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A man holds a paper reading “I am Charlie” to pay tribute to the people killed at Paris offices of weekly newspaper Charlie Hebdo, in front of the Brandenburg Gate outside the French Embassy in Berlin on Jan. 8, 2015. Masked gunmen stormed the Paris offices of a weekly newspaper that caricatured the Prophet Muhammad, methodically killing 12 people at the offices of the Charlie Hebdo on Jan. 7.

Markus Schreiber/AP

Jan. 7, 2015: A gun assault on the Paris offices of satirical magazine Charlie Hebdo kills 12 people. Al-Qaeda in the Arabian Peninsula claimed responsibility for the attack, saying it was revenge for Charlie Hebdo's depictions of the Prophet Mohammed.

May 24, 2014: Four people are killed at the Jewish Museum in Brussels by an intruder with a Kalashnikov. The accused is a former French fighter linked to the Islamic State group in Syria.

May 22, 2013: Two al-Qaeda inspired extremists run down British soldier Lee Rigby in a London street, then stab and hack him to death.

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March, 2012: A gunman claiming links to al-Qaeda kills three Jewish schoolchildren, a rabbi and three paratroopers in Toulouse, France.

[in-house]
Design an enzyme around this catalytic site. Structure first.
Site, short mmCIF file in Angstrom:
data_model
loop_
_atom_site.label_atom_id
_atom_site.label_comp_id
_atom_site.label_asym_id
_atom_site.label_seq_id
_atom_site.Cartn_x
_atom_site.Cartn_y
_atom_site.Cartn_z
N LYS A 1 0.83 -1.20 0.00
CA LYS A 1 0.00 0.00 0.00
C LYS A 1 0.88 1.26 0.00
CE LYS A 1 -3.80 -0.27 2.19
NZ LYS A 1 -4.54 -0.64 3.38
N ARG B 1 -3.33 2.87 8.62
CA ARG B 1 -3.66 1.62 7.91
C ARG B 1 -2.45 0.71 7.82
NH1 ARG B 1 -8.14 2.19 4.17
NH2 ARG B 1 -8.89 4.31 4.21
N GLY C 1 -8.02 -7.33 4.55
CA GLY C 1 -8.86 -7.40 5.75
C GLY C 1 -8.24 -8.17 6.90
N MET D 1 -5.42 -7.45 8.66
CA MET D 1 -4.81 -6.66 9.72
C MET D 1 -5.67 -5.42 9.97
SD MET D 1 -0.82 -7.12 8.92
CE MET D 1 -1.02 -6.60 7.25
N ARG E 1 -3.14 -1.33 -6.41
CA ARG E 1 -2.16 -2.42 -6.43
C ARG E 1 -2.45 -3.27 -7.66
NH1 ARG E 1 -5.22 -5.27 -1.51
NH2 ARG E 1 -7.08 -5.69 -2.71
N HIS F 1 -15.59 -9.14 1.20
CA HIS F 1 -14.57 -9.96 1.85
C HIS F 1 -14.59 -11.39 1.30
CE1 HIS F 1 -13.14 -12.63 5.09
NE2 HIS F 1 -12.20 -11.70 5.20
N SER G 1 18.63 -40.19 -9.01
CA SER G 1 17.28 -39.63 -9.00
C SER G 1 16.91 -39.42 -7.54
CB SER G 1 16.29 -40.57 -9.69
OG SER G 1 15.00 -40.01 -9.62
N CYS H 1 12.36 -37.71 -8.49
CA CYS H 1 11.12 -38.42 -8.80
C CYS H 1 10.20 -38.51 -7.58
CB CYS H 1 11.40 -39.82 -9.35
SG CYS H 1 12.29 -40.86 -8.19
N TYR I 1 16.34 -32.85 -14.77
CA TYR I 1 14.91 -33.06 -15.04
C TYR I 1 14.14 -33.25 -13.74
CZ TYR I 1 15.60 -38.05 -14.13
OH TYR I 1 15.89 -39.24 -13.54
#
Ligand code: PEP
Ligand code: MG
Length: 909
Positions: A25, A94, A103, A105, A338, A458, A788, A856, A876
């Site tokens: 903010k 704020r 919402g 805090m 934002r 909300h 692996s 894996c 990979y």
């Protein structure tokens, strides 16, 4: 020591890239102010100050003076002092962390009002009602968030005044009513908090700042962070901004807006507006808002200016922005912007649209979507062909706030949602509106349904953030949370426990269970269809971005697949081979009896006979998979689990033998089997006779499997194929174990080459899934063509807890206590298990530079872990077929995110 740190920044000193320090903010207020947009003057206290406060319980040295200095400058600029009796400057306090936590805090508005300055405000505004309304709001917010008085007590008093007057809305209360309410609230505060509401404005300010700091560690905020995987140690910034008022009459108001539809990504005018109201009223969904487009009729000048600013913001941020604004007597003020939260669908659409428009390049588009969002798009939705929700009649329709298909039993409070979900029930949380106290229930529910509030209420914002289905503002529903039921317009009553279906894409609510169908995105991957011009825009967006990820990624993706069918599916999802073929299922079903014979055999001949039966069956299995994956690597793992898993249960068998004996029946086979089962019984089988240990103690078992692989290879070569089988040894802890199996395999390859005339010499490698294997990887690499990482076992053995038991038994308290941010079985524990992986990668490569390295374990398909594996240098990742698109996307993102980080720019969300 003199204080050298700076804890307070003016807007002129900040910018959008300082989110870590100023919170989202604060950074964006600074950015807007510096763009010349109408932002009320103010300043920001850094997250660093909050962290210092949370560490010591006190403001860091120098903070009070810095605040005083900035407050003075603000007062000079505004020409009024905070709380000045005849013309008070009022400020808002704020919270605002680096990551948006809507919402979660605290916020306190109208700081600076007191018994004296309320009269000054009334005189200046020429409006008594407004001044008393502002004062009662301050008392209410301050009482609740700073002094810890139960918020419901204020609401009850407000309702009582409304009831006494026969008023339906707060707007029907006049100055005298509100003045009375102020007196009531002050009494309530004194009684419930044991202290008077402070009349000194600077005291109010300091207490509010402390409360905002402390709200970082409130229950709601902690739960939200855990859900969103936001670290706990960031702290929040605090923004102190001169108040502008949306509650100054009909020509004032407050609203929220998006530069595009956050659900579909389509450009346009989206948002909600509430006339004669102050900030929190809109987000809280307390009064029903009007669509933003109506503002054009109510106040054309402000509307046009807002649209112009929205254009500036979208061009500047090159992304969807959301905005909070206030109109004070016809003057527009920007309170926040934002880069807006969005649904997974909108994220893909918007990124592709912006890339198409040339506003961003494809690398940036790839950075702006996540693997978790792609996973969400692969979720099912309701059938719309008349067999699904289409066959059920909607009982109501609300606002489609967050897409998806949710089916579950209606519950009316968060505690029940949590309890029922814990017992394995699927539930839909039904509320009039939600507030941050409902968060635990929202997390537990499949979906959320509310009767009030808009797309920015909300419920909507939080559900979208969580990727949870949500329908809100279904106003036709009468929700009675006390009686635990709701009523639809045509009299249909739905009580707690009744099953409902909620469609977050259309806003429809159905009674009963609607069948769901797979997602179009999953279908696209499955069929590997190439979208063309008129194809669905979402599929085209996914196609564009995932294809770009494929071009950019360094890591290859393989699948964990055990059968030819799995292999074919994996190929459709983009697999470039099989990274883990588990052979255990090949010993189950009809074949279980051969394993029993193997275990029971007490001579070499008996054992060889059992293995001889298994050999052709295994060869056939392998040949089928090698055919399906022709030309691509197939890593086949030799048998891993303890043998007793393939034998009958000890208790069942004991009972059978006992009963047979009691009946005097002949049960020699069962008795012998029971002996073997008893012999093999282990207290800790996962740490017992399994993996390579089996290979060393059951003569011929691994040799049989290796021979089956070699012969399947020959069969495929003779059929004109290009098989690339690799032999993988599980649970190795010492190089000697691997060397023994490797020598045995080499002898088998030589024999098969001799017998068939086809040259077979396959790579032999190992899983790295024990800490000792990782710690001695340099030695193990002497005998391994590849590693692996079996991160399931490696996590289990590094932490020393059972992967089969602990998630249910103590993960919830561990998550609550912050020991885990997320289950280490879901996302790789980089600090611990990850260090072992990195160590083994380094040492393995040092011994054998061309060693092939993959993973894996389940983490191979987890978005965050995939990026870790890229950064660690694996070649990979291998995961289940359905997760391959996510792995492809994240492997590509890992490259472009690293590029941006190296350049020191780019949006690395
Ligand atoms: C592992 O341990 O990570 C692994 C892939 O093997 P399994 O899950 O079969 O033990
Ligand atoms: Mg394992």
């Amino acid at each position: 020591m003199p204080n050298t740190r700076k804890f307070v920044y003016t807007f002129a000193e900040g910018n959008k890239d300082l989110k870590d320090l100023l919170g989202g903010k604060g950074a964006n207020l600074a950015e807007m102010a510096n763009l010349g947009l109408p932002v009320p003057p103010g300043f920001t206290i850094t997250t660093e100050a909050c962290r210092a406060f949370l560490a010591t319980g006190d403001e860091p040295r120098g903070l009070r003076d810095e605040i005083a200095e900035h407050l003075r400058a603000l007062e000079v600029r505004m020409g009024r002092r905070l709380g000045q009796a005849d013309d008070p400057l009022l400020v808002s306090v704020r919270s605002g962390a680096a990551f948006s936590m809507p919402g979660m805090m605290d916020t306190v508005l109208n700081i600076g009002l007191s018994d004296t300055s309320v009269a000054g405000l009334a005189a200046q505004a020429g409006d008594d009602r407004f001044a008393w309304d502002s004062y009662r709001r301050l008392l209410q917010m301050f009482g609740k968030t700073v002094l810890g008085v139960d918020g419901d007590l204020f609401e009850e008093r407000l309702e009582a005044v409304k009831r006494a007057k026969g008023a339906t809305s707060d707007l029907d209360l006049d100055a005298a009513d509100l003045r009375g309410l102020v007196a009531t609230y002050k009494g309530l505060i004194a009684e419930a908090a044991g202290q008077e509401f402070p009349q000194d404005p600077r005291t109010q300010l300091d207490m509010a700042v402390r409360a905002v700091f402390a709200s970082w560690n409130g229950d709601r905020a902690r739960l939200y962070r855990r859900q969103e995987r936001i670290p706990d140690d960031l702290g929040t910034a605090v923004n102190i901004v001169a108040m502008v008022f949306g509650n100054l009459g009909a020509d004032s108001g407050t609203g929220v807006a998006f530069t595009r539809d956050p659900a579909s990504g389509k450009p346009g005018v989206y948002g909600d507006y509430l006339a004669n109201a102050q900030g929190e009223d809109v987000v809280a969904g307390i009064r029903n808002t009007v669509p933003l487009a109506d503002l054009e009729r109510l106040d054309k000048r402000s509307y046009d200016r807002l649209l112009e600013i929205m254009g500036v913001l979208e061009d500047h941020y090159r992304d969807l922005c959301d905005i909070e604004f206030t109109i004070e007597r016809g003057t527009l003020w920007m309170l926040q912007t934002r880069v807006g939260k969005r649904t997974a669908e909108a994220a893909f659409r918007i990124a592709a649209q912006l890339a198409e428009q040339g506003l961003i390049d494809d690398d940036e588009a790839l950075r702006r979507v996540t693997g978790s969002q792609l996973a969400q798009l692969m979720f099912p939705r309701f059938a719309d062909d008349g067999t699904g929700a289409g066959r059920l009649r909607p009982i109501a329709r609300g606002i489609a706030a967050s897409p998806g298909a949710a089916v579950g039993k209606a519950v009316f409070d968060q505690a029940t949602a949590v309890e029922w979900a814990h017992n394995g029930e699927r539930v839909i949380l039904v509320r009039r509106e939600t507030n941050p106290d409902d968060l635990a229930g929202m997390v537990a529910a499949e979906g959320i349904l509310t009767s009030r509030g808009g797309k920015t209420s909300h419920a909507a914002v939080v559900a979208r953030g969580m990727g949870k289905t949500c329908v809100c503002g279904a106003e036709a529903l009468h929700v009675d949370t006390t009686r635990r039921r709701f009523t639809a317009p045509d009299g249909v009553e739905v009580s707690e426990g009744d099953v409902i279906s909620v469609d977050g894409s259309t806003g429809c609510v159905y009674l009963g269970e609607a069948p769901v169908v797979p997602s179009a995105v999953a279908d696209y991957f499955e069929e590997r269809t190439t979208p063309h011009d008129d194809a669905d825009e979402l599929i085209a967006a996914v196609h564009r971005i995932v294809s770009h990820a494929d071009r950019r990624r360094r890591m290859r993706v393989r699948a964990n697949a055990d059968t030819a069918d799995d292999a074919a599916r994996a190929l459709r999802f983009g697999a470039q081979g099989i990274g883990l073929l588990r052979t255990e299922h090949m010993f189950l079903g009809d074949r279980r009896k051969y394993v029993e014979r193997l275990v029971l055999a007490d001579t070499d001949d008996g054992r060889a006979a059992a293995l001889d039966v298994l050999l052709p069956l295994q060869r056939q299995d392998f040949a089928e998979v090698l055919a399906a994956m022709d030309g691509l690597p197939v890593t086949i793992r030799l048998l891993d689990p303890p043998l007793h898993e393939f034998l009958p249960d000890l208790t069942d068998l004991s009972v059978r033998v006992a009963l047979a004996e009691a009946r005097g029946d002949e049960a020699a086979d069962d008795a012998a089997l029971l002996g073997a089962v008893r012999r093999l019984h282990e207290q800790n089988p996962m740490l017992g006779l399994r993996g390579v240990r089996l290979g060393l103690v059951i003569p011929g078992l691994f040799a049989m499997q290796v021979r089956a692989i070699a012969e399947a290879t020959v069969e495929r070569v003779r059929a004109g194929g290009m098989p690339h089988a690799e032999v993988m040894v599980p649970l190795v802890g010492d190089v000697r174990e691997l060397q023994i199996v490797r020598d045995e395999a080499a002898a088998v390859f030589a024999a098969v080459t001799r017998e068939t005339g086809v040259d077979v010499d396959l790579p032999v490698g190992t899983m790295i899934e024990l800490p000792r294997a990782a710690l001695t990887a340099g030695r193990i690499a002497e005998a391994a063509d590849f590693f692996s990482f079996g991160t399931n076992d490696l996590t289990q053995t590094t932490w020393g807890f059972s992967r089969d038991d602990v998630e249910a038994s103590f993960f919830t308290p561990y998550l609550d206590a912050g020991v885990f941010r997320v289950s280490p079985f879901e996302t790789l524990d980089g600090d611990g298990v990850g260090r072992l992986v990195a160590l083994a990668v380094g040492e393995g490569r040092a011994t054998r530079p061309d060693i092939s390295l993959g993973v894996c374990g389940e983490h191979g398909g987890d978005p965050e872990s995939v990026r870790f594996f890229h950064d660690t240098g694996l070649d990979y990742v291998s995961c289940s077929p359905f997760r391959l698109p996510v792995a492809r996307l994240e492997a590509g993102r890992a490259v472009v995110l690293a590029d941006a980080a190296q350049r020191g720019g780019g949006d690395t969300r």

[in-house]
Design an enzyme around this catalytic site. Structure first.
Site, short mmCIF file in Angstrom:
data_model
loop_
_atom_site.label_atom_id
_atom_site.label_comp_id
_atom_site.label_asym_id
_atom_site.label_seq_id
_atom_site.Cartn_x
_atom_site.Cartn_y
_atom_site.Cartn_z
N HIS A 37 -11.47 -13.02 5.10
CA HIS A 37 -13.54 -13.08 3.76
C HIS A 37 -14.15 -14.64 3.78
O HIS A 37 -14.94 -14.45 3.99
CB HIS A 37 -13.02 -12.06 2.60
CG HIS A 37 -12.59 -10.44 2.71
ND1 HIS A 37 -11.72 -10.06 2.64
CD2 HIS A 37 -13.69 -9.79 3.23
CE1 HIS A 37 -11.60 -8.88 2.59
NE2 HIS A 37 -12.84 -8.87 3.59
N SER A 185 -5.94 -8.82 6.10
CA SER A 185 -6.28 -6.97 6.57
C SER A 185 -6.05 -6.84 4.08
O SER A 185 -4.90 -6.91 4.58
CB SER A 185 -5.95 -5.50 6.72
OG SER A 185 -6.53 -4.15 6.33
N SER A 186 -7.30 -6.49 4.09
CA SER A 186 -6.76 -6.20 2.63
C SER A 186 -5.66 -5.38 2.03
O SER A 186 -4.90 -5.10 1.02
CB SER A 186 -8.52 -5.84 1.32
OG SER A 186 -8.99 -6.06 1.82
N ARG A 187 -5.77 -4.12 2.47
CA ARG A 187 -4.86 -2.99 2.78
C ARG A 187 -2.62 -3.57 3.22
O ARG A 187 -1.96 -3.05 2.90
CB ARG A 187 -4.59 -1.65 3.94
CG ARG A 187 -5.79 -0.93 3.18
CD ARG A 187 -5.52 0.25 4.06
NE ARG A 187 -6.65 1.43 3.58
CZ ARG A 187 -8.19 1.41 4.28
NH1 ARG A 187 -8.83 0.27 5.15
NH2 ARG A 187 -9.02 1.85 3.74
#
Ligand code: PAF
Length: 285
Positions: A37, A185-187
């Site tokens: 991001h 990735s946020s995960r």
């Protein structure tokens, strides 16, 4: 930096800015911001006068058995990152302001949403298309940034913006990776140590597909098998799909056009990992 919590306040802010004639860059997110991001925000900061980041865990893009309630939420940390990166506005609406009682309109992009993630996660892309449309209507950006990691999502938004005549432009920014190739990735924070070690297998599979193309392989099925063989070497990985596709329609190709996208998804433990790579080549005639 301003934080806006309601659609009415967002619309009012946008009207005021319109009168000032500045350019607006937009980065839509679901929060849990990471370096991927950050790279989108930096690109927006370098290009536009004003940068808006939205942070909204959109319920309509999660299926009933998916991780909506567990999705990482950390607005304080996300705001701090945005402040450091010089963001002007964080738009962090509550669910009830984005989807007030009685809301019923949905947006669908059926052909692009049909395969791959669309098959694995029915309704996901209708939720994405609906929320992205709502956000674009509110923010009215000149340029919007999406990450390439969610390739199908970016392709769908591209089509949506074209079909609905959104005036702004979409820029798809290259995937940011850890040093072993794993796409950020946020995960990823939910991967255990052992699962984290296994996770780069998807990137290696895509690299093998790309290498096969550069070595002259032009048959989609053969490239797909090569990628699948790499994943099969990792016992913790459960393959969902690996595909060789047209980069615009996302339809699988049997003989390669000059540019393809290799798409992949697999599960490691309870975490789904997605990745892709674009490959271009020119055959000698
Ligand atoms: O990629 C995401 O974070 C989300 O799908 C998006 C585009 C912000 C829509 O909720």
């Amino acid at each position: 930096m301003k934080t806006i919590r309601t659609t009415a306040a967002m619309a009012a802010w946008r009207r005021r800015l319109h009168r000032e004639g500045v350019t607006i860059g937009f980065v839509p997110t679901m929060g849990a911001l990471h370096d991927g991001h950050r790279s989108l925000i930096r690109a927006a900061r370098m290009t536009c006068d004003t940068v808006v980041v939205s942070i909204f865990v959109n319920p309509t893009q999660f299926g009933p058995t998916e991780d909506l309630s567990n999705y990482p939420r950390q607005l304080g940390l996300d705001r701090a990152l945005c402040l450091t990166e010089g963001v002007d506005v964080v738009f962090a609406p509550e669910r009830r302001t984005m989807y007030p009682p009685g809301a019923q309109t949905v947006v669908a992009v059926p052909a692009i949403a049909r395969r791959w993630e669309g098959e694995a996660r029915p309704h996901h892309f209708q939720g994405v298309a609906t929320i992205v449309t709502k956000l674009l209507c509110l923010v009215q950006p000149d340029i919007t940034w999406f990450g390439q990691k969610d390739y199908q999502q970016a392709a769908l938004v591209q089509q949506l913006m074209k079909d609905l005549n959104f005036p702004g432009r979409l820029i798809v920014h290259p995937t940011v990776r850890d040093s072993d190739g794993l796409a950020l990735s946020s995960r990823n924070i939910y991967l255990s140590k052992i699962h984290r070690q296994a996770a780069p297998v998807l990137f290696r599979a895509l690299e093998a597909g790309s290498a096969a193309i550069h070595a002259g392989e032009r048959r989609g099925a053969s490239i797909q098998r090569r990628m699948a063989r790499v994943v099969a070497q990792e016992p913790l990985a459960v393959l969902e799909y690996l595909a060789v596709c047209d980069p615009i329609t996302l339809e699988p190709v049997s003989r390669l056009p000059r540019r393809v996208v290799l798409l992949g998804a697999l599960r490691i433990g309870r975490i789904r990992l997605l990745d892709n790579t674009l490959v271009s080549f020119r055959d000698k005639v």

July 22, 2011: Anti-Muslim extremist Anders Behring Breivik plants a bomb in Oslo then attacks a youth camp on Norway's Utoya island, killing 77 people, many of them teenagers.

Nov. 2, 2011: Offices of Charlie Hebdo in Paris are firebombed after the satirical magazine runs a cover featuring a caricature of the Prophet Muhammad. No one is injured.

July 7, 2005: Fifty-two commuters are killed when four al-Qaeda-inspired suicide bombers blow themselves up on three London subway trains and a bus.

March 11, 2004: Bombs on rush-hour trains kill 191 people at Madrid's Atocha station in Europe's worst Islamic terror attack.

Aug. 15, 1998: A car bomb planted by an Irish Republican Army splinter group kills 29 people in the town of Omagh, the deadliest single bombing of Northern Ireland's four-decade conflict.

July 25, 1995: A bomb at the Saint-Michel subway station in Paris kills eight people and injures about 150. It was one of a series of bombings claimed by Algeria's GIA, or Armed Islamic Group.

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